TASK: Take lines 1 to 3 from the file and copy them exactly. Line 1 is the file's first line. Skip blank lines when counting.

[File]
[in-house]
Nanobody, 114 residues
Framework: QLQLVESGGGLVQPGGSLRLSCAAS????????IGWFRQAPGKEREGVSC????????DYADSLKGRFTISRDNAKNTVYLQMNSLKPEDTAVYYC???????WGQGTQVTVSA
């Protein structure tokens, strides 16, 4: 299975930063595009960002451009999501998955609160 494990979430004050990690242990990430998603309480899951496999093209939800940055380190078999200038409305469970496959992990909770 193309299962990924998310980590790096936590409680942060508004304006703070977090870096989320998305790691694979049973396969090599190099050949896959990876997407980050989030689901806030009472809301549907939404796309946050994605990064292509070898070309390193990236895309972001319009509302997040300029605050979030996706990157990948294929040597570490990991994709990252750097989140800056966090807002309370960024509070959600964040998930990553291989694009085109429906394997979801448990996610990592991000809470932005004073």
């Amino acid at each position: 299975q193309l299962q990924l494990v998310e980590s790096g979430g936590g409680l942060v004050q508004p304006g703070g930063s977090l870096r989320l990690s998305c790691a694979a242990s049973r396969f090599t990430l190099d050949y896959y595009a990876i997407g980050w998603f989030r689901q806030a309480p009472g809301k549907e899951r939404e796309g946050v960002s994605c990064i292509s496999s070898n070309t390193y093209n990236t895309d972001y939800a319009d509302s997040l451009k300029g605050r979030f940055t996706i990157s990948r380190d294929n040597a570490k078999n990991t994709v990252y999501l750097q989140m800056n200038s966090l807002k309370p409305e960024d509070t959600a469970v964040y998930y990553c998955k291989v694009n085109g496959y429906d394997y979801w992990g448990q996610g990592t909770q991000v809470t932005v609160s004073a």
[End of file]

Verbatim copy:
[in-house]
Nanobody, 114 residues
Framework: QLQLVESGGGLVQPGGSLRLSCAAS????????IGWFRQAPGKEREGVSC????????DYADSLKGRFTISRDNAKNTVYLQMNSLKPEDTAVYYC???????WGQGTQVTVSA